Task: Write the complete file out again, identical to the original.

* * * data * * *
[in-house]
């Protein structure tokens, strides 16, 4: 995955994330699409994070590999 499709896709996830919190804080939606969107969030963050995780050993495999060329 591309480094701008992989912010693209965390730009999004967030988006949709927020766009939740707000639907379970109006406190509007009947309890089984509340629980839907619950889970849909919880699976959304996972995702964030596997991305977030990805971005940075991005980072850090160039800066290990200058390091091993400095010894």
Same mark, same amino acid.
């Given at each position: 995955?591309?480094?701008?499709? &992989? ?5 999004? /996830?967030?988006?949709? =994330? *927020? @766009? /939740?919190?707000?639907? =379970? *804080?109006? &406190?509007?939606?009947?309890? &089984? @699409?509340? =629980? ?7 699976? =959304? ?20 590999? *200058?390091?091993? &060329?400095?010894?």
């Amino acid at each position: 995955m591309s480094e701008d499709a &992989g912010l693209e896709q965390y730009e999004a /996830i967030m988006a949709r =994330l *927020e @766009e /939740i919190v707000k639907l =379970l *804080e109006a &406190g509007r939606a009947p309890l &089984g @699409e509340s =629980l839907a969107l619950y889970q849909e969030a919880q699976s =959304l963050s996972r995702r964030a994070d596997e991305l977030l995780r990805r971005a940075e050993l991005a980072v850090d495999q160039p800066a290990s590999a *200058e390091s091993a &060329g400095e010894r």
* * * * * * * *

[in-house]
């Protein structure tokens, strides 16, 4: 995955994330699409994070590999 499709896709996830919190804080939606969107969030963050995780050993495999060329 591309480094701008992989912010693209965390730009999004967030988006949709927020766009939740707000639907379970109006406190509007009947309890089984509340629980839907619950889970849909919880699976959304996972995702964030596997991305977030990805971005940075991005980072850090160039800066290990200058390091091993400095010894």
Same mark, same amino acid.
């Given at each position: 995955?591309?480094?701008?499709? &992989? ?5 999004? /996830?967030?988006?949709? =994330? *927020? @766009? /939740?919190?707000?639907? =379970? *804080?109006? &406190?509007?939606?009947?309890? &089984? @699409?509340? =629980? ?7 699976? =959304? ?20 590999? *200058?390091?091993? &060329?400095?010894?």
């Amino acid at each position: 995955m591309s480094e701008d499709a &992989g912010l693209e896709q965390y730009e999004a /996830i967030m988006a949709r =994330l *927020e @766009e /939740i919190v707000k639907l =379970l *804080e109006a &406190g509007r939606a009947p309890l &089984g @699409e509340s =629980l839907a969107l619950y889970q849909e969030a919880q699976s =959304l963050s996972r995702r964030a994070d596997e991305l977030l995780r990805r971005a940075e050993l991005a980072v850090d495999q160039p800066a290990s590999a *200058e390091s091993a &060329g400095e010894r």